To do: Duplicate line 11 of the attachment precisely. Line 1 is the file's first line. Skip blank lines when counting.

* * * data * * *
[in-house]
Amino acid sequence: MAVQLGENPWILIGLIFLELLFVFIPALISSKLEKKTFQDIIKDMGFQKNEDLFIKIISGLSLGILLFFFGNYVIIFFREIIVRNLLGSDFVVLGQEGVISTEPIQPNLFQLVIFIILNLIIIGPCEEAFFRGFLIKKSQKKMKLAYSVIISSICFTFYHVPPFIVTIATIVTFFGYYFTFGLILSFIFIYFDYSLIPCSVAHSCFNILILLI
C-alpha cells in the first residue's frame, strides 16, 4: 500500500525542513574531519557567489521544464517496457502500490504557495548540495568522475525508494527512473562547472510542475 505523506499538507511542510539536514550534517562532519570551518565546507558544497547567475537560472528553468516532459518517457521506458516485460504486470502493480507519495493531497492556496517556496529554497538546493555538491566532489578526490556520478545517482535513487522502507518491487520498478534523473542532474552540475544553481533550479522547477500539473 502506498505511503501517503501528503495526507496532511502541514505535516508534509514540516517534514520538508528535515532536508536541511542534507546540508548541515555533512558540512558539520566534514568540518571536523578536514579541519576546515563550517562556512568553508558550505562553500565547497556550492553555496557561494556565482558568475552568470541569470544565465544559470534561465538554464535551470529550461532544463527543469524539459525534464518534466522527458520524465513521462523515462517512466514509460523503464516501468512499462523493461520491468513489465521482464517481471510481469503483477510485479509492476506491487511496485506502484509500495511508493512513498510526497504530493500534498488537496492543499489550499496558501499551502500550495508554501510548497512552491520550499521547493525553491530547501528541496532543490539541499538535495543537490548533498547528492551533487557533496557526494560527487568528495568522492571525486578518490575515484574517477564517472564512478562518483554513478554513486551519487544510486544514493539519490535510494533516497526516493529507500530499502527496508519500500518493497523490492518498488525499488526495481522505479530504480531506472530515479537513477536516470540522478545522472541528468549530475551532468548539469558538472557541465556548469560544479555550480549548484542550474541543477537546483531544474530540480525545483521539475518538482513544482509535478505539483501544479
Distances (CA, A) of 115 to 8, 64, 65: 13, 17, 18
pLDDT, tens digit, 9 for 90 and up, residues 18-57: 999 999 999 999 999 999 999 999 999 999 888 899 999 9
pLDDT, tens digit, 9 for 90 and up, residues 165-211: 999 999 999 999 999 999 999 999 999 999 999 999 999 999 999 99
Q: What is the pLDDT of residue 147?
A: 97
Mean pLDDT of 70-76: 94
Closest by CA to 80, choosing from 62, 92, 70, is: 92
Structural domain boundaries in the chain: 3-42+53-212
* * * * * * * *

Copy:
Structural domain boundaries in the chain: 3-42+53-212